Authorities now want to know if he was killed by two members of the most elite Special Force of the U.S. Navy.
Our Ryan Browne is looking into this one.
RYAN BROWNE, PENTAGON REPORTER, CNN: The United States Navy is investigating two U.S. Navy SEALS, part of the elite SEAL team six for their role in the death of Army Green Beret Staff Sergeant Logan Melgar who is working in support of the U.S. embassy in Bamako, Mali.
Now the U.S. army's medical examiner ruled Melgar's death a homicide, and his widow was informed that he had been murdered. But the navy took over the investigation in September once navy personnel were linked to his death.
Now the United States Navy's Criminal Investigation Service, or NCIS would not comment, citing an ongoing investigation. But the U.S. military is looking at two navy SEALS to determine exactly what happened.
Back to you.
ALLEN: In Puerto Rico, the power authority is working to cancel a controversial contract awarded to a small utility company out of the U.S. State of Montana. Whitefish Energy was given a $300 million deal to help restore power after hurricane Maria. The company is located in the U.S. interior secretary's hometown, raising questions about the selection process. But the White House says the decision was made solely by the Puerto Rico's power authority.
(BEGIN VIDEO CLIP)
SARAH HUCKABEE-SANDERS, WHITE HOUSE PRESS SECRETARY: He did ask Secretary Zinke, just for clarification purposes. And he reiterated once again, that we have no role, the federal government. And specifically he had no role in that contract.
(END VIDEO CLIP)
ALLEN: Next here on CNN Newsroom, now that Spain has dissolved the regional Catalan government, what does that mean for government employees heading into work today? We'll go live to Barcelona for that.
Plus, the Iraqi Kurdish president is stepping down. He took a gamble for Kurdish independence, but it backfired. So we'll look back at his 12 years in power.
[03:15:01] (COMMERCIAL BREAK)
ALLEN: All eyes are on Catalonia as it opens for business Monday after a weekend of uncertainty in the region. Thousands of government officials are expected to turn up for work. The big question remains, will they be allowed into their offices?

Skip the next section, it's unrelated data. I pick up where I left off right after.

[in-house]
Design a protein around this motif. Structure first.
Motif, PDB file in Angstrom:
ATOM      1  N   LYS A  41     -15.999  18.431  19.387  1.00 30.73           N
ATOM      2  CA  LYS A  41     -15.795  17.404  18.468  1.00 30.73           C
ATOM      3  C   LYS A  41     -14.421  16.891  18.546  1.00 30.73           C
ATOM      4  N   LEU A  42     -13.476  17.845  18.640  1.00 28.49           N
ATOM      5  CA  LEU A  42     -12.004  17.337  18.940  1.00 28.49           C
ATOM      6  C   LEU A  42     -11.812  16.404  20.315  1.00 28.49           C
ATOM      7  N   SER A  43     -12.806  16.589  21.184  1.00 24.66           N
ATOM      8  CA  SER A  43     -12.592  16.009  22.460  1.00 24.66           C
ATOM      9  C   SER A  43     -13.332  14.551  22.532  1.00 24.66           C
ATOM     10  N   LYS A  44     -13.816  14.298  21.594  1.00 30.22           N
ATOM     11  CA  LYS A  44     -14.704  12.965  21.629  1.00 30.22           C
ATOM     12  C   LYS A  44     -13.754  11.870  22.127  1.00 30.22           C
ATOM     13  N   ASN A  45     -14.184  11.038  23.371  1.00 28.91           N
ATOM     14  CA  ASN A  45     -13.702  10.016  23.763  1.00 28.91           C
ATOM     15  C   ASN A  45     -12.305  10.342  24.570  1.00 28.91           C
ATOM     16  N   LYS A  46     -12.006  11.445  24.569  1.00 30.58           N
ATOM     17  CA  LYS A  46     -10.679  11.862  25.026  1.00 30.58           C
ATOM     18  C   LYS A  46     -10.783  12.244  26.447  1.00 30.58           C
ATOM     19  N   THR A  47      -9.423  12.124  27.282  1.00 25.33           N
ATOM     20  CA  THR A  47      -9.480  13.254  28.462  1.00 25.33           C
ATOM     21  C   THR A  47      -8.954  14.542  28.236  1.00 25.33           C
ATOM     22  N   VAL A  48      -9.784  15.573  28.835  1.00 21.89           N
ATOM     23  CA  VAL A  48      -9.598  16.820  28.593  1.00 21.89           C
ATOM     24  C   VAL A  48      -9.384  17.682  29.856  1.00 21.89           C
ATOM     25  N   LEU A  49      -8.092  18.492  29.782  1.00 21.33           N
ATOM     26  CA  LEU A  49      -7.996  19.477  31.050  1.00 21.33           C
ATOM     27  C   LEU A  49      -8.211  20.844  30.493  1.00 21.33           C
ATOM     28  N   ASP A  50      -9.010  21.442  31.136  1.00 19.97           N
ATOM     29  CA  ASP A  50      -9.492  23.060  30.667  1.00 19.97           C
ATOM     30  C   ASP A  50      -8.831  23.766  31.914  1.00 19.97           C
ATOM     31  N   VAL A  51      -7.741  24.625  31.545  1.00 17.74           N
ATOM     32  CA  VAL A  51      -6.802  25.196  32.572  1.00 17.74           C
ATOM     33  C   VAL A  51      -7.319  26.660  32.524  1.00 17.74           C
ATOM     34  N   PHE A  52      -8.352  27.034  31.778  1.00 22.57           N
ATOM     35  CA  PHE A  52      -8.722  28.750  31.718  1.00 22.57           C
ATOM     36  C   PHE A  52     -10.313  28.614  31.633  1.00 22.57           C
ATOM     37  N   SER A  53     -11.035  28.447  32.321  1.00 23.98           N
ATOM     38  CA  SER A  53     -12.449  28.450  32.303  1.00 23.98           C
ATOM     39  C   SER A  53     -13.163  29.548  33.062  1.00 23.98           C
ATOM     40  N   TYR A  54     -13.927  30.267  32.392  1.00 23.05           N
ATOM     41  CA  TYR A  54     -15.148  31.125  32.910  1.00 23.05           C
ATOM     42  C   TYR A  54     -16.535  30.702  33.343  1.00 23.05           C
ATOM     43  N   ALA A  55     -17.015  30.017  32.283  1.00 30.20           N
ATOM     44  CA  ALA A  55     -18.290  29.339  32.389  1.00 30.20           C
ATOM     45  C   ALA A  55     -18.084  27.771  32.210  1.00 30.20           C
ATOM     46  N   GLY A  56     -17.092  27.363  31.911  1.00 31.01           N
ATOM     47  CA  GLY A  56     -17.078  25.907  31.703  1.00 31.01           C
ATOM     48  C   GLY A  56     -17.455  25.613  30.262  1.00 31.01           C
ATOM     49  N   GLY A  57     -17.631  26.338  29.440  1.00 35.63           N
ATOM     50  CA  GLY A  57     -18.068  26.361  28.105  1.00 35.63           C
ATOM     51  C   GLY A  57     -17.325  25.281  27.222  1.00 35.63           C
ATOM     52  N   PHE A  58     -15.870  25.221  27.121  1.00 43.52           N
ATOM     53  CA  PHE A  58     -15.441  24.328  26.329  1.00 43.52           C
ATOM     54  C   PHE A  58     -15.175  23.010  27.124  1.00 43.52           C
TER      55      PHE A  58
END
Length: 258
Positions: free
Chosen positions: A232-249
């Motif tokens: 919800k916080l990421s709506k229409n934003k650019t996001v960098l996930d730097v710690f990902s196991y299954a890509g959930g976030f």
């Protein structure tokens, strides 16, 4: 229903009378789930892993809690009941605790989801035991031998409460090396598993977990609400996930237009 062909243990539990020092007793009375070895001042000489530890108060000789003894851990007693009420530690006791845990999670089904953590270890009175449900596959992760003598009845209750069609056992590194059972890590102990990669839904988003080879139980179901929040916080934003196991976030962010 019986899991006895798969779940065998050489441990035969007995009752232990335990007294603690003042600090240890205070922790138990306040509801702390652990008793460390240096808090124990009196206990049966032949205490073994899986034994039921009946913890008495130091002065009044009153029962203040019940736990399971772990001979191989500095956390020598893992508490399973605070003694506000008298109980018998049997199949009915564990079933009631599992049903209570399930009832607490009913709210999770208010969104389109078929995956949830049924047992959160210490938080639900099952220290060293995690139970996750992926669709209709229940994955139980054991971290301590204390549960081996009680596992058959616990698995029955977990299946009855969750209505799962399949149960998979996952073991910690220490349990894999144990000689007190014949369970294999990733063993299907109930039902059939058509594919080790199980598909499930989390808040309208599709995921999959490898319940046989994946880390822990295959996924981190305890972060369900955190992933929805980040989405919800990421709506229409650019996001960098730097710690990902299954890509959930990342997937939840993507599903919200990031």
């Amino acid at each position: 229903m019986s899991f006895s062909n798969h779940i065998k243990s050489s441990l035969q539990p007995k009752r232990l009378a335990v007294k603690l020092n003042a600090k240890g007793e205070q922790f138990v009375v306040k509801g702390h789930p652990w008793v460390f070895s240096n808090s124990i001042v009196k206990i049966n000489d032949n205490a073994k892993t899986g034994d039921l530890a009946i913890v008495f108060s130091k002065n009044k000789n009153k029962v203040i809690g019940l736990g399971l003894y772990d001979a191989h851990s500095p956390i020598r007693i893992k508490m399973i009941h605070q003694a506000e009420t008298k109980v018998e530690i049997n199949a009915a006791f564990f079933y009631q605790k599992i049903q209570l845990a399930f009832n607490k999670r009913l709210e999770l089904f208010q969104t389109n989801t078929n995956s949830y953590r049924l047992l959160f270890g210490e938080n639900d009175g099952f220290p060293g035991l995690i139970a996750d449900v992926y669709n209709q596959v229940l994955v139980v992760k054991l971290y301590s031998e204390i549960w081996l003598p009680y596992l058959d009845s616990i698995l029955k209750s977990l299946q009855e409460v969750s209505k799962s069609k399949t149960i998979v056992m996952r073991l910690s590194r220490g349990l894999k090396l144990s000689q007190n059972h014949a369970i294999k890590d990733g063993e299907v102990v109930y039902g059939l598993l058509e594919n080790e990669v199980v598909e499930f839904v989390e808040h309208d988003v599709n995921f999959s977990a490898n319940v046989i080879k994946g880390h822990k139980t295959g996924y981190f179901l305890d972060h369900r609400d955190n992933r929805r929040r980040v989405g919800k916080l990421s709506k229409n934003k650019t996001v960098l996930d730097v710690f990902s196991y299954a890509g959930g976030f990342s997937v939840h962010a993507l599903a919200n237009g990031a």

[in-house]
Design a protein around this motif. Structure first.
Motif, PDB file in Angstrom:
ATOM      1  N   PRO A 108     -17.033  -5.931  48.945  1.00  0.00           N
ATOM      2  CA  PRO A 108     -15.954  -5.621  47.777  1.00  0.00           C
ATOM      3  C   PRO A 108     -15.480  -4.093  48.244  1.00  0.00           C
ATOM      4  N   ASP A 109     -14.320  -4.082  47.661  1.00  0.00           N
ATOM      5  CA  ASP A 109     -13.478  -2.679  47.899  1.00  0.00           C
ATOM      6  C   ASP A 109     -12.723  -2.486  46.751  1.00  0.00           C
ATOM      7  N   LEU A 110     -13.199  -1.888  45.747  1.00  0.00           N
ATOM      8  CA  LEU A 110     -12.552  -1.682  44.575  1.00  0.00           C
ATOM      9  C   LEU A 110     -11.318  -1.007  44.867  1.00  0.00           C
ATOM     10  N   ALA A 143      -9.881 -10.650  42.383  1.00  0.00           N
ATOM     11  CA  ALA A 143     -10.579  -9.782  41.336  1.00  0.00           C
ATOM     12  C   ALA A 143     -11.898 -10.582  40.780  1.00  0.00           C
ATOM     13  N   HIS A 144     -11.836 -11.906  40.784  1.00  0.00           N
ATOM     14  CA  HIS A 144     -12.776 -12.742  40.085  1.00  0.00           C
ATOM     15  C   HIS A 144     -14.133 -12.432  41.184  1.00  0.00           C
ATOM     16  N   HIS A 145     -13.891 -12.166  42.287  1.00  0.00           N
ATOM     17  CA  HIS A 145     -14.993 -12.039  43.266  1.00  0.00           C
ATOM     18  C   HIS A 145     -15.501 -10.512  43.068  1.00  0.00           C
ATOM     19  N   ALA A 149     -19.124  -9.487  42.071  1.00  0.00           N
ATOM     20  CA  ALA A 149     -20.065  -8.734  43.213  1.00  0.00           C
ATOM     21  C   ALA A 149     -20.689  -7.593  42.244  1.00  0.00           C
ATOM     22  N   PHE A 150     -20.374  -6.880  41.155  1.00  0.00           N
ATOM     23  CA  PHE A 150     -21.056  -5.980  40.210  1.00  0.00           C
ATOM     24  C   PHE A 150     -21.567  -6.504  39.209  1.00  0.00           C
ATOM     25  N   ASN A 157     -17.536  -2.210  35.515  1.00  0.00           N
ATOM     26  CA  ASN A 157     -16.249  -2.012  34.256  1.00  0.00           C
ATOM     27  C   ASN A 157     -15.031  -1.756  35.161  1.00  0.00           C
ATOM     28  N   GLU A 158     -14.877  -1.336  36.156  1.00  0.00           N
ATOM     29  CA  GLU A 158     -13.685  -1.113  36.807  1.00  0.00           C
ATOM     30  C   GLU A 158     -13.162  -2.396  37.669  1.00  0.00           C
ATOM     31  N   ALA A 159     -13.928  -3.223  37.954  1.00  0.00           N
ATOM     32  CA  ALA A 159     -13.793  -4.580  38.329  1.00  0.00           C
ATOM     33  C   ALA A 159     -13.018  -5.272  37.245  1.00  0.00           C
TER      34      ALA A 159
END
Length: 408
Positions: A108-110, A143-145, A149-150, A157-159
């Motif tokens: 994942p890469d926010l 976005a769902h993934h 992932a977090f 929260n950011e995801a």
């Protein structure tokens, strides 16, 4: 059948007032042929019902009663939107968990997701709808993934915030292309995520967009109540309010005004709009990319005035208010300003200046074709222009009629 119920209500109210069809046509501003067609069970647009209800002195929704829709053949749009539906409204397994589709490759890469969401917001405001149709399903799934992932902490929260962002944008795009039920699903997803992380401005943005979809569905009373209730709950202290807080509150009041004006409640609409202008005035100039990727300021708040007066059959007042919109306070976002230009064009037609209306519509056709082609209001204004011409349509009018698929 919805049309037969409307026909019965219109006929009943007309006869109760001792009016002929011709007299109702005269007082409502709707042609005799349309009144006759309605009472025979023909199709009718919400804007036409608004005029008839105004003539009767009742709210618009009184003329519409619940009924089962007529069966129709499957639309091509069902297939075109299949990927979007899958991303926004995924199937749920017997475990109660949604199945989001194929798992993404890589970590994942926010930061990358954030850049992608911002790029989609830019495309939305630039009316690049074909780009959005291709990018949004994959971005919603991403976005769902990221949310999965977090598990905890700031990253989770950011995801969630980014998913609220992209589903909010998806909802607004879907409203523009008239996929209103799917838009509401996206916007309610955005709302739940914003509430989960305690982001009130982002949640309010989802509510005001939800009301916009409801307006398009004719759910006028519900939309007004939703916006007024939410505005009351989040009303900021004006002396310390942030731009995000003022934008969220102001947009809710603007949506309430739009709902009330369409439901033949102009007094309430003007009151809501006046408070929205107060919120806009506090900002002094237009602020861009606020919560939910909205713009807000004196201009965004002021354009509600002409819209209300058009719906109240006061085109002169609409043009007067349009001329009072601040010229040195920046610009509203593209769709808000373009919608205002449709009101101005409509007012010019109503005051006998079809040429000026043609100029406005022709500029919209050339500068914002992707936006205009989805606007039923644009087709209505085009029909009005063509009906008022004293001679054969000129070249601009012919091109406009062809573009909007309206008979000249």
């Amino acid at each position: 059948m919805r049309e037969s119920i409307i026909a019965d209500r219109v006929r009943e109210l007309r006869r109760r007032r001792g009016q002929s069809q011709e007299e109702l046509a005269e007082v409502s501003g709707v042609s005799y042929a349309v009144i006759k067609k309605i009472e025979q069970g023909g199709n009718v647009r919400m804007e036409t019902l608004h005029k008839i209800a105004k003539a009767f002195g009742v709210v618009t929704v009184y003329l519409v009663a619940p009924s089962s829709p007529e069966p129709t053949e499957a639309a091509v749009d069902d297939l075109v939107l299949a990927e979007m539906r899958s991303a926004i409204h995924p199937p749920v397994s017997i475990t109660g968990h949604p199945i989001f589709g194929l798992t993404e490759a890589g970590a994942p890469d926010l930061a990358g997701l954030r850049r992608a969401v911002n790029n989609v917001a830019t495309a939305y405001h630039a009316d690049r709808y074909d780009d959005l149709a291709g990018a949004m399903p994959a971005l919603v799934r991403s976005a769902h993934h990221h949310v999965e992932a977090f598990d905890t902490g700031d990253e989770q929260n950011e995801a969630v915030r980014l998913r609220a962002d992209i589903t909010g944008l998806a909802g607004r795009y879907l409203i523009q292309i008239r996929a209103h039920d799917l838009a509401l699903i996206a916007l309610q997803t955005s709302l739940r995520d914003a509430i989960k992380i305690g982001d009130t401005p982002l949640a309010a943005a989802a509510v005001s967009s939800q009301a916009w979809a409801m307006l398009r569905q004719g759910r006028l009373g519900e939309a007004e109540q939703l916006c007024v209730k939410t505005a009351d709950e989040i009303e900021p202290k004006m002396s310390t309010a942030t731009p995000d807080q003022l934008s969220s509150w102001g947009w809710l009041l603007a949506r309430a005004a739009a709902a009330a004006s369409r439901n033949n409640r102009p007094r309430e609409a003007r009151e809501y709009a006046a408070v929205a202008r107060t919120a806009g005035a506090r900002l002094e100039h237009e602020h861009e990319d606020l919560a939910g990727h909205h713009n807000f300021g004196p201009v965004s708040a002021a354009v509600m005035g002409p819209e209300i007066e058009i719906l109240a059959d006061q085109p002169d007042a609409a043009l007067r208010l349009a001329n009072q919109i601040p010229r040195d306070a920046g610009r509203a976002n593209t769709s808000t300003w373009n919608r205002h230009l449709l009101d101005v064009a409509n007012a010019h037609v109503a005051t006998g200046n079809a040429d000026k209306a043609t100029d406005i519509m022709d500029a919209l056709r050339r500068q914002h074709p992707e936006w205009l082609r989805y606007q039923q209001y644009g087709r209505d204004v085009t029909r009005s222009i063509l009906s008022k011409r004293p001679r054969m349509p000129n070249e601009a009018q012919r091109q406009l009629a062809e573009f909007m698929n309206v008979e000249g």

Spain took control of Catalonia and dissolved its government after the regional parliament defied Madrid and voted for independence Friday.
Our Erin McLaughlin has been following the developments in Barcelona. And yes, it's the beginning of the new workweek in Barcelona. The question is will people go back to work?
ERIN MCLAUGHLIN, CORRESPONDENT, CNN: Natalie, I'm here outside central government headquarters. We're speaking to staff members at the entrance. They were telling us that aside from the large media presence here, the situation appears to be normal. But of course things really are anything but.
Essentially, what you have here is two parallel realities that play ever since Friday. On the other hand you have Madrid moving into exert direct rule over Catalonia over the weekend appointing the deputy prime minister of Spain to oversee the region, and sacking the head police chief, the head of the local mossos here, as well.
[03:20:04] We also expect the local prosecutor in Madrid to file charges today against the now dismissed Catalan President Carles Puigdemont and his ministers.
Meanwhile, Puigdemont over the weekend not backing down, saying that he is going to continue to try to build an independent country, calling on the people of Catalonia to resist emergency rule in a democratic and peaceful fashion.
He spent the weekend at his hometown of Girona, seen as a pro- independent stronghold and there was this incredible moment yesterday. Girona played Real Madrid in football. And incredibly they won.
Puigdemont on Twitter last night reacting to that, saying, quote, "Girona's victory over one of the biggest teams in the world is an example and a reference for many situations." And then he winked. Natalie?
ALLEN: How about that one? All right. We know you'll be covering it for us, Erin. A pivotal day there. We'll get become to you. Thank you so much.